I was recently approached by a wantrepreneur asking how to start a company. She was paying developers to build an app around her idea, but otherwise, she was secretive about the whole business.
I ended up giving her my general first step in any idea – find out if the idea is even a good one. Translated: Do your customer discovery. Consider doing a survey.

I’m a fan of surveys for a number of reasons (assuming your survey is well organized):
  • Who is your market, really? Is this a market of 1? She was convinced EVERYONE in the world would use her app. Yet, she mentioned she needed to get approvals to work with the government, DMV, etc. Well, the DMV requirement just excluded 95% of the world.
  • Is this a real problem? Asking your friends and family questions about your idea is a good start, but can be biased with people of similar backgrounds (education, geography, income, etc.) who may not be as critical as you need them to be.
  • What’s the product development roadmap look like? Speed is key in startups to not only get traction, but to get the right traction. To do so, it’s important to build products quickly, learn, and iterate. Surveys allow you to consider what pain-points (àfeatures) are highest priority.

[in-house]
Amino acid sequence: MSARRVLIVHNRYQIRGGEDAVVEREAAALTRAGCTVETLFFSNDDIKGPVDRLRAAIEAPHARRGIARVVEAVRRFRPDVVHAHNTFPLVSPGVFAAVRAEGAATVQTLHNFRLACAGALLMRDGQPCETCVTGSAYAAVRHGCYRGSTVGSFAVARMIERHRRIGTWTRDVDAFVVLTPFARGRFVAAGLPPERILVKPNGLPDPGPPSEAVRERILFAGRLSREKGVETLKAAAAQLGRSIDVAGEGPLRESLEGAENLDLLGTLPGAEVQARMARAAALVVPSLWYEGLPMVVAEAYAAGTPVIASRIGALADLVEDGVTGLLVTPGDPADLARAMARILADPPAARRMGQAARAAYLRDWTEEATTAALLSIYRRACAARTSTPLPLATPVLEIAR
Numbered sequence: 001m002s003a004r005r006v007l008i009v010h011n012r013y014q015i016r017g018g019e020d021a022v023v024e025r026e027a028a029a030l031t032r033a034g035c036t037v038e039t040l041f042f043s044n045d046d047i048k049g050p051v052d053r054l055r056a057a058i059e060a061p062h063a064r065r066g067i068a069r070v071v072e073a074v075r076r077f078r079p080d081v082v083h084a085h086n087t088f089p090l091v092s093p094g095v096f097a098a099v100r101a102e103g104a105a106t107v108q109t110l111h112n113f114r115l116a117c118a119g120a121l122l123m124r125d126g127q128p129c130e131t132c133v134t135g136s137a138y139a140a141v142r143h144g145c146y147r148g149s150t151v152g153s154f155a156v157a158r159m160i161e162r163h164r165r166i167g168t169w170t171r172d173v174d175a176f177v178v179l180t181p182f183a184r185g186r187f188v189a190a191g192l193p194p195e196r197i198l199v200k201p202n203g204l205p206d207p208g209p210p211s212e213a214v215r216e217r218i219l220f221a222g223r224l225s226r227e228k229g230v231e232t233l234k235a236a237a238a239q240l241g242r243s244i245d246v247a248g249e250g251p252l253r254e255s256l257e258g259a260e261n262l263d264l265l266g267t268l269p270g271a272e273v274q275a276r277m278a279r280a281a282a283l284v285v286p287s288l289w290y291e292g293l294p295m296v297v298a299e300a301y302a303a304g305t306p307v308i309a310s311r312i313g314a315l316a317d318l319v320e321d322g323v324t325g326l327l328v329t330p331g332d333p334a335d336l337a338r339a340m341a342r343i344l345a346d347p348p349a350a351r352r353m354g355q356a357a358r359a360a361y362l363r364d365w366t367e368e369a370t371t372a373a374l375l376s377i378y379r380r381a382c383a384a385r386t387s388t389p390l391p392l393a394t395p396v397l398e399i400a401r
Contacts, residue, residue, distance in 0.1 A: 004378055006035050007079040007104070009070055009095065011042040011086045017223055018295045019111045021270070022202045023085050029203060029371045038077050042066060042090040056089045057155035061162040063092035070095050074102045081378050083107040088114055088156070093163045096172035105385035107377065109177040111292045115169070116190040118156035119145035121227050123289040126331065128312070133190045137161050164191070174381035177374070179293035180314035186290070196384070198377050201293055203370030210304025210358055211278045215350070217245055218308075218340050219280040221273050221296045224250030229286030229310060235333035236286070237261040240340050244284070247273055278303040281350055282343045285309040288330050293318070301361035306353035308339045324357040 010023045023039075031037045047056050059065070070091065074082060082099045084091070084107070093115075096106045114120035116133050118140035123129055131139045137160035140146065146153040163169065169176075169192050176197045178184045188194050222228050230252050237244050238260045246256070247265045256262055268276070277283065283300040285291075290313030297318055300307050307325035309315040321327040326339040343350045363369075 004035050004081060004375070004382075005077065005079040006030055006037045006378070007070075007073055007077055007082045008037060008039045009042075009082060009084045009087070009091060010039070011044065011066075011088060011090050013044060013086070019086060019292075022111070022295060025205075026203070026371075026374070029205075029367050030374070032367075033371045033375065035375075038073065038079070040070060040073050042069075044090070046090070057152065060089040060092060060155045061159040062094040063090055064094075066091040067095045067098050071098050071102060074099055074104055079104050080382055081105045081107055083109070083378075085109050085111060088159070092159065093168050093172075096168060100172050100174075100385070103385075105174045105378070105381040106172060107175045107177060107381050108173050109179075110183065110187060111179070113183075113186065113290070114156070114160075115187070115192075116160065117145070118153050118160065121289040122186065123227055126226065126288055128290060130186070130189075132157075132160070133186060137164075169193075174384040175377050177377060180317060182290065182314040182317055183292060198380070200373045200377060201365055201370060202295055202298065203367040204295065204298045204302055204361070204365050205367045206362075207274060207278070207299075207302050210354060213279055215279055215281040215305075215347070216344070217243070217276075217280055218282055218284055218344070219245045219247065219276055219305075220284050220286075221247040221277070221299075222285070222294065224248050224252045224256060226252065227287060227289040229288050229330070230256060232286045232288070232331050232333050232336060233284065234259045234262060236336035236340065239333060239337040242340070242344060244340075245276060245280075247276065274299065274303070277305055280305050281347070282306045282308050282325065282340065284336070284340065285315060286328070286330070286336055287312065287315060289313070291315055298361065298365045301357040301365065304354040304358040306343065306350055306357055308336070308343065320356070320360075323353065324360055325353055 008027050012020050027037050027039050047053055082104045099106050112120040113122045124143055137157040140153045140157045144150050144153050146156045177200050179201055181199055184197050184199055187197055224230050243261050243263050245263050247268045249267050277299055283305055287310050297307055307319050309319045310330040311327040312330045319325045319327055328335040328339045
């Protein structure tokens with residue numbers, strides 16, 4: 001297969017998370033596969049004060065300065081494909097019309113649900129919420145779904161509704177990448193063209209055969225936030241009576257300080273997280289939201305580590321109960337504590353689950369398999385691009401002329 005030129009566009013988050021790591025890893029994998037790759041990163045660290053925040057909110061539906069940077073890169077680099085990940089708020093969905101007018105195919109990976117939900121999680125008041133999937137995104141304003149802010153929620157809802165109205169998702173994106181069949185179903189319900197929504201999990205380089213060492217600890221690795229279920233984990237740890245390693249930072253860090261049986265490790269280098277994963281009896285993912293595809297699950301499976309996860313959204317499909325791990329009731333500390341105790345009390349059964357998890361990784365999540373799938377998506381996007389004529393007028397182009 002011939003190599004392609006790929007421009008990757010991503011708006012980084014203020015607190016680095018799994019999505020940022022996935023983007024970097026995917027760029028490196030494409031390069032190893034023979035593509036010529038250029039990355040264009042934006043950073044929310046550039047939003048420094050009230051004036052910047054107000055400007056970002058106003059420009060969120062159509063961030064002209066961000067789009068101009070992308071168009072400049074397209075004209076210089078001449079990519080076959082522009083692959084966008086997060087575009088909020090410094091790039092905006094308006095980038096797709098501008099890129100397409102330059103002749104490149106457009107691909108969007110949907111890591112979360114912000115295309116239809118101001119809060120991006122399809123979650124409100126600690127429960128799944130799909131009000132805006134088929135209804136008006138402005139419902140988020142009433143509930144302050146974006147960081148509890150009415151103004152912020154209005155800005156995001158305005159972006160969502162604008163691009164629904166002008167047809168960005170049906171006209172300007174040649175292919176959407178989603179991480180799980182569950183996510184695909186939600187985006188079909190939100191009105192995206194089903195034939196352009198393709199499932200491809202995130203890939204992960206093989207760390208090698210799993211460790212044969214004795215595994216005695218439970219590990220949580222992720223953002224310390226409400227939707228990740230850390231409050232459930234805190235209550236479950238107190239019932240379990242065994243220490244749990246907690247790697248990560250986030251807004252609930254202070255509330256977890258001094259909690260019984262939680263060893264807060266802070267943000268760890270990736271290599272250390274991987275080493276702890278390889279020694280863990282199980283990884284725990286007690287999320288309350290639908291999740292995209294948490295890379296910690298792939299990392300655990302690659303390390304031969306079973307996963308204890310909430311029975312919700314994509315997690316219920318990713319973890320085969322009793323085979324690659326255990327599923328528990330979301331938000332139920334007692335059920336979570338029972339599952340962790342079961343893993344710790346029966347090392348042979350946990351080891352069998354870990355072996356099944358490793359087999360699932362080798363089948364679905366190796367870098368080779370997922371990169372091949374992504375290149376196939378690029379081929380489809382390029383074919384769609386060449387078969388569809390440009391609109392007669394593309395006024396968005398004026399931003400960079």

• How do you market to your audience? Survey questions about social media usage, device usage, etc. help paint the picture of what consumers interact with; thus, helping you most effectively market later.
  • Now, you have marketing ammunition. As K.P. Reddy cites, “great CEOs know the numbers of their businesses. Surveys give you stats you can cite in pitches, marketing collateral, etc.

When starting a business or thinking about an idea, customer discovery should be one of the first things you do.

How would you agree or disagree with customer discovery being the first step of building a business or an idea? What ways have you done customer discovery?
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